“You become a bit people pleasing, you find it very hard to say no, and you have shame. In my situation I was running a small business badly and when it went under I tried to take my own life.”

Liam Byrne, chairman of the cross-party parliamentary group for children of alcoholics, has highlighted how hospital admissions related to alcohol rose while councils cut their budgets for alcohol and drug treatment.

A Freedom of Information Request from Mr Byrne showed between 2017/18 and 2018/19 Norfolk County Council stripped £631,000 from its budget for the services - an 8pc cut.

Mr Byrne, whose father died after a lifelong struggle with alcohol in 2015, said: “Every child of an alcoholic comes to learn the brutal hard way that we can’t change things for our parents – but we can change things for our children.

“But frankly that’s harder if addiction treatment budgets are being cut left, right and centre. What this year’s data shows is that it’s simply a false economy. We’re spending money dealing with A&E admissions when we should be trying to tackle the addiction that lands people in hospital in the first place.”

Tim Sweeting, chief executive of YMCA Norfolk, said while his services had not noticed a marked increase in alcohol abuse, it was an issue for many clients.

He said: “Alcohol is so often used to help people cope with stressful situations, for example homelessness. It’s rarely the cause and often the symptom of what’s going on.”

Clive Lewis, Labour’s Norwich South MP, said: “When this government came to power, drug and alcohol services were commissioned, provided and properly funded by the NHS.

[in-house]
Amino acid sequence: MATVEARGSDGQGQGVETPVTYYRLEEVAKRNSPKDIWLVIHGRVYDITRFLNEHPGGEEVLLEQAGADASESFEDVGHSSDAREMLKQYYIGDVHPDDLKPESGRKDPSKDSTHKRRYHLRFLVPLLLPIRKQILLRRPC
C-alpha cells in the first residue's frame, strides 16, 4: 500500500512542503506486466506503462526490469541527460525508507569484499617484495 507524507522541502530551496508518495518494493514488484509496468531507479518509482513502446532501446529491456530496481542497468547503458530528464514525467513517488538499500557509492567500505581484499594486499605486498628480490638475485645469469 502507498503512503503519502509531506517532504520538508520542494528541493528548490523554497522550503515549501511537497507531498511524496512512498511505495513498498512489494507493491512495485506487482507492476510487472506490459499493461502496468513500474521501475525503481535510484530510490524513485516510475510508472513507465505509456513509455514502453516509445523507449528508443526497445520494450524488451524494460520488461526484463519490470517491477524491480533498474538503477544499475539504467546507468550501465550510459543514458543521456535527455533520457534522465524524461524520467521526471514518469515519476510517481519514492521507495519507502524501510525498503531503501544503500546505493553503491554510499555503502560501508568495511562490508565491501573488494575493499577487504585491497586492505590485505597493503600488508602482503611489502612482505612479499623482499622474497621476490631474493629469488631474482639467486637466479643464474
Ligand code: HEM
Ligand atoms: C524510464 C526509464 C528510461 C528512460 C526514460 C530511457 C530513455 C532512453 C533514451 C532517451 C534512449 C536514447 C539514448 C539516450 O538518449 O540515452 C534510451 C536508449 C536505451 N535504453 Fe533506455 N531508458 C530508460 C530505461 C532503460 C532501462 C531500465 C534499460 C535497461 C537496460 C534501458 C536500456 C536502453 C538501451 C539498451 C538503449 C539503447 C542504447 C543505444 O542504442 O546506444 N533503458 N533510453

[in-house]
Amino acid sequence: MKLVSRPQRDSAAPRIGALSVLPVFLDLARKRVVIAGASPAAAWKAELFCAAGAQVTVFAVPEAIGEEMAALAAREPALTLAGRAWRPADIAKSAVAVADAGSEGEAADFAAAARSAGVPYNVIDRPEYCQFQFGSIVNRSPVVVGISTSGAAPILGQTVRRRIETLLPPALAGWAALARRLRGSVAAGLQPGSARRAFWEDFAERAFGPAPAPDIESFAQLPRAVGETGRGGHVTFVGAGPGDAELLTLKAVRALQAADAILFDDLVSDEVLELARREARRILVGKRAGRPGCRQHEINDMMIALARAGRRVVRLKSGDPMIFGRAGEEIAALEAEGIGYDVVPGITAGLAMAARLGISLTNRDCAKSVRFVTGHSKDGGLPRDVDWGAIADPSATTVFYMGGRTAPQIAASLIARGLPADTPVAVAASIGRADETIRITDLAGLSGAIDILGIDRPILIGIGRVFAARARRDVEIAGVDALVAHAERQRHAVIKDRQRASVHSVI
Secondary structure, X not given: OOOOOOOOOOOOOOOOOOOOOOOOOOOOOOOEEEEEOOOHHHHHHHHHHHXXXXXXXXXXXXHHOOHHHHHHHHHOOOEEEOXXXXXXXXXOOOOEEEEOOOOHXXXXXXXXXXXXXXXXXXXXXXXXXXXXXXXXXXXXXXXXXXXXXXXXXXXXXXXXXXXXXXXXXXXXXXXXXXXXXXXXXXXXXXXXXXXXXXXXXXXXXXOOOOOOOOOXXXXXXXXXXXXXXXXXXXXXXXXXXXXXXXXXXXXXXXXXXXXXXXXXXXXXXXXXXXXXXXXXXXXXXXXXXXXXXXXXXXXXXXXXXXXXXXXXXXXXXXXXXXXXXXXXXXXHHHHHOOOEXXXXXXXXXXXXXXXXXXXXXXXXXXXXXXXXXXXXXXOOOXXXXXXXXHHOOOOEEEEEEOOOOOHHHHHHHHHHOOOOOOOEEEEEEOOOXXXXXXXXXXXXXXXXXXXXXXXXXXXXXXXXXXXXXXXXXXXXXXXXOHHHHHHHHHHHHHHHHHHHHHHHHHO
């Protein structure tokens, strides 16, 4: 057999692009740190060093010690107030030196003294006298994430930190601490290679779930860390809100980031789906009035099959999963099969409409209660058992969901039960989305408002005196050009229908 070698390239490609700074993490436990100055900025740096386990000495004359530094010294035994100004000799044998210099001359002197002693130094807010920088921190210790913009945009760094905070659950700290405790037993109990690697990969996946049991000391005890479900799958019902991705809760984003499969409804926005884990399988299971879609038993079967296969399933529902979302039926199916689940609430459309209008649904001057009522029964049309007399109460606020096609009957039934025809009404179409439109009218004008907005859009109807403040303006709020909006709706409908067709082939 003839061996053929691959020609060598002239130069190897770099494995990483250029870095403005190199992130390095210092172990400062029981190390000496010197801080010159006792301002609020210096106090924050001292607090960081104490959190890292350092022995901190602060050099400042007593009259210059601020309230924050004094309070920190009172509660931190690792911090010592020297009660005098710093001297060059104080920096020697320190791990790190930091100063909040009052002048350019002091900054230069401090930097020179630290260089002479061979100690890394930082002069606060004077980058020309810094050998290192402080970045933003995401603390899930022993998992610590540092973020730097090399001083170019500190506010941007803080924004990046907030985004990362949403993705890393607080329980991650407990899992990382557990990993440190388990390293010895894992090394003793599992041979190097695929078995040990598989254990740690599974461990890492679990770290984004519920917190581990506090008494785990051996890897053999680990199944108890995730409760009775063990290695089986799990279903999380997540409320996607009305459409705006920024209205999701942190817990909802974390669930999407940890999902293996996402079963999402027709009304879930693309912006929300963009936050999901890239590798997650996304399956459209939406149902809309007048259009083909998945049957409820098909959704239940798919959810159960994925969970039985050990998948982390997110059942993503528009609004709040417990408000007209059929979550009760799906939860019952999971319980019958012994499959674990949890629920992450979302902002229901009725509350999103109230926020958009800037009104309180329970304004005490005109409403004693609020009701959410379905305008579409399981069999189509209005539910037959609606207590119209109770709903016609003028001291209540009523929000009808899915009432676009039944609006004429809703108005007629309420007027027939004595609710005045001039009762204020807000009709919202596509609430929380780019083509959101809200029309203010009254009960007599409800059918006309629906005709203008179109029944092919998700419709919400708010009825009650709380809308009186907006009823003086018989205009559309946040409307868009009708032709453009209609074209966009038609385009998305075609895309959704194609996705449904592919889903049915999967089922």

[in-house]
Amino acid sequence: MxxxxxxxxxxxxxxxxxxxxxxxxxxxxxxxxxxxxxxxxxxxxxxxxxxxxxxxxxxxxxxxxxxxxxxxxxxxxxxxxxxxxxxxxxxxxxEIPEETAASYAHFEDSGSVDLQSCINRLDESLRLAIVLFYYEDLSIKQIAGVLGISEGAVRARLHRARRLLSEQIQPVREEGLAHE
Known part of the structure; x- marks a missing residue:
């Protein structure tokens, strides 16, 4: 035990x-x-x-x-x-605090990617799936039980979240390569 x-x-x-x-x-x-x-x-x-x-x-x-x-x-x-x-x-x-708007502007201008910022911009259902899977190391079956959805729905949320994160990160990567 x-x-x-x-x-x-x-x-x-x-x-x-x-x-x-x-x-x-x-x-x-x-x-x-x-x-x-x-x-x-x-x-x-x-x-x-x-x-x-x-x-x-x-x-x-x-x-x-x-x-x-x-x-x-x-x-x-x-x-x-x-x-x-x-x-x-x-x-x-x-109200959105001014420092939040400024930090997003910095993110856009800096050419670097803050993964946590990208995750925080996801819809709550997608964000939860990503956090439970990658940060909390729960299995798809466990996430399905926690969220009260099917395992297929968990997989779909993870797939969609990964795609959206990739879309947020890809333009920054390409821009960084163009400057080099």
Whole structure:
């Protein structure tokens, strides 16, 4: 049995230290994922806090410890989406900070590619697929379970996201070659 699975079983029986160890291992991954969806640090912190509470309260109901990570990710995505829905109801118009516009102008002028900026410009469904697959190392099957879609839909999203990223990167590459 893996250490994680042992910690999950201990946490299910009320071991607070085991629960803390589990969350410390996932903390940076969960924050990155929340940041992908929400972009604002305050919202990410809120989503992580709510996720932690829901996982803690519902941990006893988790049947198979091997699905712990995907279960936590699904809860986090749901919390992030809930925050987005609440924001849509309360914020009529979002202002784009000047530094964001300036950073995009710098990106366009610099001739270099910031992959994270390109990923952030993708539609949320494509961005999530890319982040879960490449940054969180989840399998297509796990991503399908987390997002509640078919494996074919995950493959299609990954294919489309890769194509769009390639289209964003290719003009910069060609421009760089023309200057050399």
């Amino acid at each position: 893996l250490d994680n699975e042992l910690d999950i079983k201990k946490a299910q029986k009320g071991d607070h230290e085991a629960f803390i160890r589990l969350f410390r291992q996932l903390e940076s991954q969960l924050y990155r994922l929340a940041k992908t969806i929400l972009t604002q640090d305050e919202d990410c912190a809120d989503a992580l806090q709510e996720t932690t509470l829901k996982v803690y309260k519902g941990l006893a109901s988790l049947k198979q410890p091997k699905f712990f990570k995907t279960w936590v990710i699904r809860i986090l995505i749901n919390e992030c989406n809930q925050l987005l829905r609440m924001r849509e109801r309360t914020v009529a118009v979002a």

“Now we’ve got Tory-run Norfolk County Council squeezing and squeezing new providers of the service because the county is having to make hundreds of millions of pounds of cuts at the behest of their own Conservative government.

“It doesn’t take a genius to work out what happens when, yet again, funding is cut for services facing increasing demand itself created by cuts to other preventative services such as mental health. That’s what’s behind these awful figures.”

Graeme Malcolm, services manager at Change Grow Live in Norfolk, which provides drug and alcohol treatment, said: “Addressing alcohol misuse in Norwich and across Norfolk is a key priority for us, which is why we have made it easier and more convenient for people to access free and confidential support when and where they need it.

“There is now a drop-in alcohol service in Norwich where people can turn up and ask for help there and then, without the need for an appointment or referral.

“Our specialist alcohol workers provide group or one-to-one support depending on people’s needs, where the aim is to identify and address some of the underlying factors that can lead to alcohol misuse. Where people need more intensive support, such as help with detox, this can now be provided in a community drop-in setting or even in people’s homes, where people can remain within their communities - saving them the time, disruption and possible cost of a residential intervention.”

• To access help for alcohol addiction in Norfolk call 01603 514096 or email norfolk.info@cgl.org.uk, in Suffolk contact Turning Point on 0300 123 0872 or email suffolk@turning-point.co.uk. To contact The National Association for Children of Alcoholics, call 0800 358 3456.